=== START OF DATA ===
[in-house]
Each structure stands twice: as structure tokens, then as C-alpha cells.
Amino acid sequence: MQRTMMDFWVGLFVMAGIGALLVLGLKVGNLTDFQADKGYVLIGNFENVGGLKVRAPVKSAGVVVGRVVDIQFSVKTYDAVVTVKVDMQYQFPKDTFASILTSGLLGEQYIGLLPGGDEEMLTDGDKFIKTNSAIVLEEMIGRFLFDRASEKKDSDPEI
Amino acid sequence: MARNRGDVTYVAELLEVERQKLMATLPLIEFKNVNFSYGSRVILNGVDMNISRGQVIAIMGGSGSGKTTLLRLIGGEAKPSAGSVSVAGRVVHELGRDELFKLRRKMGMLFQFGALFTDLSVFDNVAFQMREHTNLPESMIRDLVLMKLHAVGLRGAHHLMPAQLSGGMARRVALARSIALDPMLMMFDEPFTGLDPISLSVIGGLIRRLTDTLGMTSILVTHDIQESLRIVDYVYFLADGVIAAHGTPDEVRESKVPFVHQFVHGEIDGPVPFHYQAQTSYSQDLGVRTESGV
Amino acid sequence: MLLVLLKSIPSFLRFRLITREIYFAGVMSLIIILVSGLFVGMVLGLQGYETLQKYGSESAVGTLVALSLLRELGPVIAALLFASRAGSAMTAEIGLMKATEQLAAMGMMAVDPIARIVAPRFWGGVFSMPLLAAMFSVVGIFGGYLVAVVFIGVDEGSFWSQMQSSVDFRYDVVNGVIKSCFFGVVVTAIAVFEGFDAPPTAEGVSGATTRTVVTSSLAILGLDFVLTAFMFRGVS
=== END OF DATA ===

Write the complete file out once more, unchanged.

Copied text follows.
[in-house]
Each structure stands twice: as structure tokens, then as C-alpha cells.
Amino acid sequence: MQRTMMDFWVGLFVMAGIGALLVLGLKVGNLTDFQADKGYVLIGNFENVGGLKVRAPVKSAGVVVGRVVDIQFSVKTYDAVVTVKVDMQYQFPKDTFASILTSGLLGEQYIGLLPGGDEEMLTDGDKFIKTNSAIVLEEMIGRFLFDRASEKKDSDPEI
Amino acid sequence: MARNRGDVTYVAELLEVERQKLMATLPLIEFKNVNFSYGSRVILNGVDMNISRGQVIAIMGGSGSGKTTLLRLIGGEAKPSAGSVSVAGRVVHELGRDELFKLRRKMGMLFQFGALFTDLSVFDNVAFQMREHTNLPESMIRDLVLMKLHAVGLRGAHHLMPAQLSGGMARRVALARSIALDPMLMMFDEPFTGLDPISLSVIGGLIRRLTDTLGMTSILVTHDIQESLRIVDYVYFLADGVIAAHGTPDEVRESKVPFVHQFVHGEIDGPVPFHYQAQTSYSQDLGVRTESGV
Amino acid sequence: MLLVLLKSIPSFLRFRLITREIYFAGVMSLIIILVSGLFVGMVLGLQGYETLQKYGSESAVGTLVALSLLRELGPVIAALLFASRAGSAMTAEIGLMKATEQLAAMGMMAVDPIARIVAPRFWGGVFSMPLLAAMFSVVGIFGGYLVAVVFIGVDEGSFWSQMQSSVDFRYDVVNGVIKSCFFGVVVTAIAVFEGFDAPPTAEGVSGATTRTVVTSSLAILGLDFVLTAFMFRGVS